The same goes for Australian couple Steve and Ruth Lambert who have travelled from Canberra to take on the romantic challenge of the Temple.
Matilda, appropriately, is a Karmann Ghia from 1967, a stylish lady.
“She’s been living in England but we are moving her to a new home in Australia after this,” said Steve.
“I’m really looking forward to getting out on these roads, they look great. It’s a pleasure in this car.”
It did not take long today for fans to get camera phones out when the cars emerged into the 30C heat for scrutineering among the dazzling white seaside luxury hotels not far from Athens city centre.
It was a chance for the crews to get to know each other as they waited for the HERO-ERA officials and mechanics to check over the cars in the final preparations. Many knew each other from other events, some were making new friendships ahead of the departure from the world’s only marble stadium, the Panatheniac.
That was home to the world’s first modern Olympic Games in 1896 and it is a rare honour for the HERO-ERA event to be allowed to start here.
The range of cars is a delight. The little Aston Martin is the oldest, a BMW 316 and a Porsche the youngest from 1975.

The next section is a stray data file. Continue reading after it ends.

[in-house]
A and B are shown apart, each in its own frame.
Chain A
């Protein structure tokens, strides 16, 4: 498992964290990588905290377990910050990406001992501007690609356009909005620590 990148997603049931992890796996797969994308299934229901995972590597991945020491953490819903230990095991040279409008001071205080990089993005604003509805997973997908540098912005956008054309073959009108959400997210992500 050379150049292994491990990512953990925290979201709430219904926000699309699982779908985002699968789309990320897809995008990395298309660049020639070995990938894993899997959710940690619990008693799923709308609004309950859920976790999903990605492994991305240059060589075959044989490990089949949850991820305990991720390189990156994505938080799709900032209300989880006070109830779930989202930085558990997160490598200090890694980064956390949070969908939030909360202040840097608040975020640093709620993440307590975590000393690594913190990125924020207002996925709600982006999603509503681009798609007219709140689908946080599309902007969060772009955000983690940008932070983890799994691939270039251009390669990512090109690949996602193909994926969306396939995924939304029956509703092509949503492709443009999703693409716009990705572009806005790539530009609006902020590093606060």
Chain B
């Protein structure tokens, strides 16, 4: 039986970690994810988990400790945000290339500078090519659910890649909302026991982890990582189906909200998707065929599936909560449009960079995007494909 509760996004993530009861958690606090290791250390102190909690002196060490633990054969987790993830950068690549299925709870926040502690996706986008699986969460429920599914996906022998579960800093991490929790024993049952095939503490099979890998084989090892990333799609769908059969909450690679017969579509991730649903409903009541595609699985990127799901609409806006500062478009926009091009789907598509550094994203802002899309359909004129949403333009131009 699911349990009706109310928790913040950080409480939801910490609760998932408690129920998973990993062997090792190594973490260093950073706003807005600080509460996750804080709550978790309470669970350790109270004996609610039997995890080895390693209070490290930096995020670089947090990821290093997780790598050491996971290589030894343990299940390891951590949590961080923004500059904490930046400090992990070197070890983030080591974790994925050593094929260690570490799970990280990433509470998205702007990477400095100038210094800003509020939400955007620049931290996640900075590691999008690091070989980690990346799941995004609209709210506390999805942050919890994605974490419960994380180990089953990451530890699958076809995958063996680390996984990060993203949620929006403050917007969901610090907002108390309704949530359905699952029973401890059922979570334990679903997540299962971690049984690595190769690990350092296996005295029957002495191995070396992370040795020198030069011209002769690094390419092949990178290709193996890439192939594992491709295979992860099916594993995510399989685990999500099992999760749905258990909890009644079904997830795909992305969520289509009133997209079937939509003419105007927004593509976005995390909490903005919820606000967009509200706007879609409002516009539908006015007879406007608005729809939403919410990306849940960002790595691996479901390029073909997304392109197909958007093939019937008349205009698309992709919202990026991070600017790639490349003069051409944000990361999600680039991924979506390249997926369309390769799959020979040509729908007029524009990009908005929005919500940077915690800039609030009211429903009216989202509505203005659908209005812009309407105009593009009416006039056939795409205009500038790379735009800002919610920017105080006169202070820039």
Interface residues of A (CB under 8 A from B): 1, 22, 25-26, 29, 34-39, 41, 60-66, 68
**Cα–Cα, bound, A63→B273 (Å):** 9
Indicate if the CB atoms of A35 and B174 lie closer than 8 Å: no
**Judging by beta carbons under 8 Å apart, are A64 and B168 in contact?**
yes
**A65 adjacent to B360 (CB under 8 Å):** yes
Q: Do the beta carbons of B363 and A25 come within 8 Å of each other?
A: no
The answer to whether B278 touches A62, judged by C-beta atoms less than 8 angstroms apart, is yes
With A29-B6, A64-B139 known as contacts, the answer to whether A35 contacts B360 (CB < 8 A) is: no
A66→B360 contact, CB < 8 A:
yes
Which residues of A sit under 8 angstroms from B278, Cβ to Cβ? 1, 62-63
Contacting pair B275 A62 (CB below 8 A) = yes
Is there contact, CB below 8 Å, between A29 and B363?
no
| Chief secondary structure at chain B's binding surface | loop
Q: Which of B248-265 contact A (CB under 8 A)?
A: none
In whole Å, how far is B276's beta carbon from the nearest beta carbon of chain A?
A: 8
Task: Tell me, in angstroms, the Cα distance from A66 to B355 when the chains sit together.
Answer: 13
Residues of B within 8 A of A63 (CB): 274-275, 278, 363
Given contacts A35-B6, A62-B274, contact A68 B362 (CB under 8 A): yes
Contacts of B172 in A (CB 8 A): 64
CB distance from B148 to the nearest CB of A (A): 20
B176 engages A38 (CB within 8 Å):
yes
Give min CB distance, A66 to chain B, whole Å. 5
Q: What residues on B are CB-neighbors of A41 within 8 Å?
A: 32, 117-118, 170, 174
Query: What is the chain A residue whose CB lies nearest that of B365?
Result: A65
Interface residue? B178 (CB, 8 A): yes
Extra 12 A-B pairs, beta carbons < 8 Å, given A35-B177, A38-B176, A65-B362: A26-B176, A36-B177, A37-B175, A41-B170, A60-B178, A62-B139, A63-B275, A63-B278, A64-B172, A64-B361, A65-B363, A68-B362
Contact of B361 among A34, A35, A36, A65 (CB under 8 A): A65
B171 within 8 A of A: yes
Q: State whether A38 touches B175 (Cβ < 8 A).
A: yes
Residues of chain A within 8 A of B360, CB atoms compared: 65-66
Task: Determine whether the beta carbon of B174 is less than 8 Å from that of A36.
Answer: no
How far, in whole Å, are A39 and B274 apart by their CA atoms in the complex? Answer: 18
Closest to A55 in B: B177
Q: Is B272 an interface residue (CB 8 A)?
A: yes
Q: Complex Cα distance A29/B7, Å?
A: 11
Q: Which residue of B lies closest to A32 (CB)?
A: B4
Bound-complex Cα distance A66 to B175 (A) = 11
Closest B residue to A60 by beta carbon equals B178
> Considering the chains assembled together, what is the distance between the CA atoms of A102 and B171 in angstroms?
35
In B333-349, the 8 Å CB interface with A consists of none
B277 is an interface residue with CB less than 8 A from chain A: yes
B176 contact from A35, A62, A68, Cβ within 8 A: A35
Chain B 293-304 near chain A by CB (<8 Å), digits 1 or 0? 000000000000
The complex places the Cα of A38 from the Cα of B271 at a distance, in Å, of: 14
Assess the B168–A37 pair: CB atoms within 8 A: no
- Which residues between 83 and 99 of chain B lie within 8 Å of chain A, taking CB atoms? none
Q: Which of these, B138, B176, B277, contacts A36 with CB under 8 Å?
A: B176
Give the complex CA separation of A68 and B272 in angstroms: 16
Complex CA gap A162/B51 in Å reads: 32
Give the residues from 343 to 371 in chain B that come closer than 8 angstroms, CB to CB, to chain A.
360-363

Three muscular Mustangs are in the field, there is a Volvo Amazon 122 from 1965 which has rallied all over the world.
A Bentley Speed 8 from 1949 brought things to a halt at an Athens petrol station when it pulled in.
Over the next 13 days the lunch and dinner stops will be full social affairs. Almost everyone denies being too competitive but there is no doubt that being first in Rome is on many minds.
To do so, they will drive on roads less travelled to take in wondrous views, magnificent creations of nature and man with coastal and hill travels through Greece.
Crews will be driving on roads used by the WRC on the Acropolis Rally with two regularities to get the concentration levels up. After day 5 there is an overnight ferry crossing to Italy, on day 8 another ferry to Sicily.